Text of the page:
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The Turkish offensive on Kurdish militias in the Syrian border city Afrin has raised the question of how the Assad regime will react. Will Damascus intervene to protect the city's Kurds from the Turkish operation?
On January 20, the Turkish military began Operation Olive Branch, an intervention into the Afrin region of Syria, located near the Turkish border. The goal is to clear out the Kurdistan Workers' Party (PKK) and the US-backed People's Protection Units (YPG). The Turkish government considers them to be terrorist organizations and does not want to allow them to gain a foothold in an area near Turkish territory.
Syrian President Bashar al-Assad condemned the offensive, saying it was part of Ankara's support for extremist rebel groups.
"The brutal Turkish aggression on the Syrian town of Afrin cannot be separated from the Turkish regime's policy from the first day of Syria's crisis, which was essentially built on supporting terrorism and terrorist organizations," he told the Syrian Arab News Agency (SANA).
Sovereignty vs. safety
Haid Haid, a research fellow at The International Center for the Study of Radicalization and Political Violence (ICSR) at King's College London, told DW that the Kurds and the Assad government have two separate goals in mind. "The regime has made it clear that the Kurds will not have their own self rule inside Syria and the Kurds also said that they will not allow Assad to extend authority over their territory in Syria," he said. "Tension between the two groups has escalated a few times due to some incidents on the ground such as when both groups were racing to capture areas from 'IS' in the city of Deir al-Zor," he continued.
Prior to the launch of the Afrin offensive, Syrian Kurdish representatives met with Russian representatives at the Hmeimim Air Base in western Syria. The Russians are the mediators between the Assad government and the Kurds. The Russians told the Kurdish representatives that in case of a Turkish offensive in Afrin, the Syrian government could offer protection if they hand over authority to Assad. But the Kurds rejected the deal, as they didn't want the Syrian government to take over the city.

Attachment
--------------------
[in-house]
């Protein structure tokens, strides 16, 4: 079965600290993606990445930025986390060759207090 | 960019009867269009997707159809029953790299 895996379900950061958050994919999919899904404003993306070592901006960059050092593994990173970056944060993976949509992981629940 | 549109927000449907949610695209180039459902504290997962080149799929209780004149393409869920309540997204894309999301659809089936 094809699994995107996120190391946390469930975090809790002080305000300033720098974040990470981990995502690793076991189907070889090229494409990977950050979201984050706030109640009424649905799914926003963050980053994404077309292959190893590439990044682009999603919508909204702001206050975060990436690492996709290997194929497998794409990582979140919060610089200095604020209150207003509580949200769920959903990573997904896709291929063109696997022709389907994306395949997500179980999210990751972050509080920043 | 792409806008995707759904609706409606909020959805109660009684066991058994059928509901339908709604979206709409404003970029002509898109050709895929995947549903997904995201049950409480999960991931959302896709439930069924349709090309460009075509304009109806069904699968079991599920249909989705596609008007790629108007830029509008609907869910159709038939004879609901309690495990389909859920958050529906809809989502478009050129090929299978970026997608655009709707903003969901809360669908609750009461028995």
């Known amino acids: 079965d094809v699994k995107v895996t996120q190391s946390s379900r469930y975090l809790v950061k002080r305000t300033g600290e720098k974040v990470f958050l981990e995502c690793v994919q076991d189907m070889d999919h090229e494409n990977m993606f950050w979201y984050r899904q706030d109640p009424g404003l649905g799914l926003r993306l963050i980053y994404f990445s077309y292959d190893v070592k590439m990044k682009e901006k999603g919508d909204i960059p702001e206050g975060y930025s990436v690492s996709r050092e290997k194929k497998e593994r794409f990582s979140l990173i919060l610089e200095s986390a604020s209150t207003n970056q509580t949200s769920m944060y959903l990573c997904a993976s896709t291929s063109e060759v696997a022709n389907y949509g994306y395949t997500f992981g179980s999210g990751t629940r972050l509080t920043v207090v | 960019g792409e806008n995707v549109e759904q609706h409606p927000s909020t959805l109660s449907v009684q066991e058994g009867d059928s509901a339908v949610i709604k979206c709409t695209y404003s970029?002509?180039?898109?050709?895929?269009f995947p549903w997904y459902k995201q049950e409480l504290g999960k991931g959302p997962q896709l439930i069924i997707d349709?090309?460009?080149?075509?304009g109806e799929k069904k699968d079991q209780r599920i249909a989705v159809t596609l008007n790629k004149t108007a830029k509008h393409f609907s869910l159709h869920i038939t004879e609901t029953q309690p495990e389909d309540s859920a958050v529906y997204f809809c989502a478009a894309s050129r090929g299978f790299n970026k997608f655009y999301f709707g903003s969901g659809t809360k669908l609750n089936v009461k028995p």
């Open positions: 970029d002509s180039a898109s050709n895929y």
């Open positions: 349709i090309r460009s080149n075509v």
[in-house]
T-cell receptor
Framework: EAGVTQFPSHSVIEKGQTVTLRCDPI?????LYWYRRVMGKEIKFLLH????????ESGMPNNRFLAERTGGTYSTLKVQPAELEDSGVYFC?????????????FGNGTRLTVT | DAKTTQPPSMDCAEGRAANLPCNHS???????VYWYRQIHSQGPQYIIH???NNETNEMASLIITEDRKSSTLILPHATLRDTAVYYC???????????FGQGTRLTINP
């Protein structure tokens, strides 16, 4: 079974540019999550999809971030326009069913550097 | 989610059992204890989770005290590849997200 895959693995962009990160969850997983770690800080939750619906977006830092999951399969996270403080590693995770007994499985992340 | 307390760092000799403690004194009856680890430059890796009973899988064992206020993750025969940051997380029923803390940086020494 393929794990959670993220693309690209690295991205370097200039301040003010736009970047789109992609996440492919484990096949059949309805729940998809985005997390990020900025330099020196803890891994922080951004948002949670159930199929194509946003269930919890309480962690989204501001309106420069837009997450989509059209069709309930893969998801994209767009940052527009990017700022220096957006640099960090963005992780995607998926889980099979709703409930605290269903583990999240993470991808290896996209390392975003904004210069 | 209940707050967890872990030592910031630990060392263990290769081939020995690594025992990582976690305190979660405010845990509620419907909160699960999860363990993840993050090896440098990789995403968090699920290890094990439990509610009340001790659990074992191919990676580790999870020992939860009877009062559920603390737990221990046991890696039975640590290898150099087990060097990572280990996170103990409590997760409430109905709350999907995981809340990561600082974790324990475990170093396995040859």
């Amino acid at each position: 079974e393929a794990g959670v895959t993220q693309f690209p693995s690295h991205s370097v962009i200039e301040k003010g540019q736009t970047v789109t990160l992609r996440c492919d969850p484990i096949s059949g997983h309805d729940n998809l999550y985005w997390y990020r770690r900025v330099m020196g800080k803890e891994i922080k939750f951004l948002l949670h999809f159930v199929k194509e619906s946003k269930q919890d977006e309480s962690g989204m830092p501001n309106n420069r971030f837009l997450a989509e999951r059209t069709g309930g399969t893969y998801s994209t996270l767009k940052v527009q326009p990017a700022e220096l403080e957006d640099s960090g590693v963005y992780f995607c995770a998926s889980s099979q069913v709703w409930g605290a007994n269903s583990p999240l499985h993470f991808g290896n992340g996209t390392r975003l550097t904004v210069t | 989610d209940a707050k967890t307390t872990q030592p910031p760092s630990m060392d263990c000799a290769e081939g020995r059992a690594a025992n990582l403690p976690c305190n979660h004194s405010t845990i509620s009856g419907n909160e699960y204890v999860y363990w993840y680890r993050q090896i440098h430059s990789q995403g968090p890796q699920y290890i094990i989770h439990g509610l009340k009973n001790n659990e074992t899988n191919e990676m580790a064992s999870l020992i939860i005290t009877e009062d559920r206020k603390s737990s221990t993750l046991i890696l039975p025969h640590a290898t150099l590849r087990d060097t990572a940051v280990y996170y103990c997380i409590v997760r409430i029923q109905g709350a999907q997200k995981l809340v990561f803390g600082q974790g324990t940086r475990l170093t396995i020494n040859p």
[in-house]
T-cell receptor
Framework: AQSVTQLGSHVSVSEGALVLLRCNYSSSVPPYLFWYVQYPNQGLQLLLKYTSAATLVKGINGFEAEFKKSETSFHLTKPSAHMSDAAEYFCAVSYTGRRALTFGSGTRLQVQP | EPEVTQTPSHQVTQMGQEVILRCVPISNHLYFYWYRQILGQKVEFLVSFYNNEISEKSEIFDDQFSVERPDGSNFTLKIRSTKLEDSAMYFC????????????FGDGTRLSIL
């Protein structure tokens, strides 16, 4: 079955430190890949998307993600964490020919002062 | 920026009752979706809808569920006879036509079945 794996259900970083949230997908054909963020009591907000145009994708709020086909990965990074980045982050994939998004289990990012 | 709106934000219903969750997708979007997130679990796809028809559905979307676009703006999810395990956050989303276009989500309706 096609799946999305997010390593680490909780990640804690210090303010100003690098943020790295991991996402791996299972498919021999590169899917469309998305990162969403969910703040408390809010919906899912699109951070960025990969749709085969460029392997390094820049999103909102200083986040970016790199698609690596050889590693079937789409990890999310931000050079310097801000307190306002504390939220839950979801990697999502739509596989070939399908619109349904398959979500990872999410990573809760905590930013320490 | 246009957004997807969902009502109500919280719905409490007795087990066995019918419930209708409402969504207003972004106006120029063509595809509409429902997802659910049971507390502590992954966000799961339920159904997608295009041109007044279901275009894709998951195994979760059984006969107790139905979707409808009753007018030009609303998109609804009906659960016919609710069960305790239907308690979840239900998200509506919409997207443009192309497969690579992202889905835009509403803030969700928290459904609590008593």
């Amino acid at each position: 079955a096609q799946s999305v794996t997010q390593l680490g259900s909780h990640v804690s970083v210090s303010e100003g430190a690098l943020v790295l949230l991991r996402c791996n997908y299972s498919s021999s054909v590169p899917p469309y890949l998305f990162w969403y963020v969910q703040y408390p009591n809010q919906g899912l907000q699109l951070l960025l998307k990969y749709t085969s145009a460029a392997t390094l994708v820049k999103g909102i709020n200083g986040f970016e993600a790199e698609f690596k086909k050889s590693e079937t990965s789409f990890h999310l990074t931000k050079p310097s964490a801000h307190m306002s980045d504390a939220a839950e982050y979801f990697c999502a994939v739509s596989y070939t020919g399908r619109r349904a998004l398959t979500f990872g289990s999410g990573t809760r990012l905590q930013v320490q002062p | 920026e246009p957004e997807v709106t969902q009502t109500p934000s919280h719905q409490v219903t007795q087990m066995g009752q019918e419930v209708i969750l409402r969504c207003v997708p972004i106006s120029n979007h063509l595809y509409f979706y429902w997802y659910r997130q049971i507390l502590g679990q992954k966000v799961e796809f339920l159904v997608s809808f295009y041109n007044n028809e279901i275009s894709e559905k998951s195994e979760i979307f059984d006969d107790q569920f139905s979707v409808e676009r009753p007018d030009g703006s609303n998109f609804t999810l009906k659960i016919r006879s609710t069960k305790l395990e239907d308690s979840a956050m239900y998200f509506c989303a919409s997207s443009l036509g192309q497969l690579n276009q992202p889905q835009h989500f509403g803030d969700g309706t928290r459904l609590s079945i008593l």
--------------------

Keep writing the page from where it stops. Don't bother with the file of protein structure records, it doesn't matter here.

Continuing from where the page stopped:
Salah Alamadari, a Kurdish political analyst in Germany, told DW that "the Syrian regime has learned to always try to play on the contradictions" of the conflict. He believes that Russia and the Syrian government, in a game of political theater, struck a secret deal with Turkey to greenlight the Afrin offensive. Assad would allow the Turkish offensive to take place in Afrin in exchange for Turkey allowing Syrian government troops to advance near the areas of Turkish influence in the Syria city of Idlib. The offensive would also not have been allowed to be carried out without Russian approval, as Russia controls the airspace above Afrin.
Future of the conflict
As to the future of the Syrian conflict, Haid said it is likely that the Assad regime could take advantage of the military attack on Afrin to advance against other Kurdish-controlled areas of Syria such as Deir el-Zor.
But he added that Assad would be well advised to leave his hands off it, since the fighting between the Kurds and the Turks will weaken the Kurds over the long term. "Having a weak enemy would be better than having a strong enemy and that will be the outcome of this attack on the Kurds," Haid said.
Khattar Abou Diab, a French-Lebanese political scientist, told DW that while Turks may believe the intervention in Afrin will be swift, he thinks the opposite will be the case. "I think the Turkish claim that the military operation will be quick is incorrect and that fighting there will continue for a long time, even if Turkey takes control there, as keeping these areas is not easy."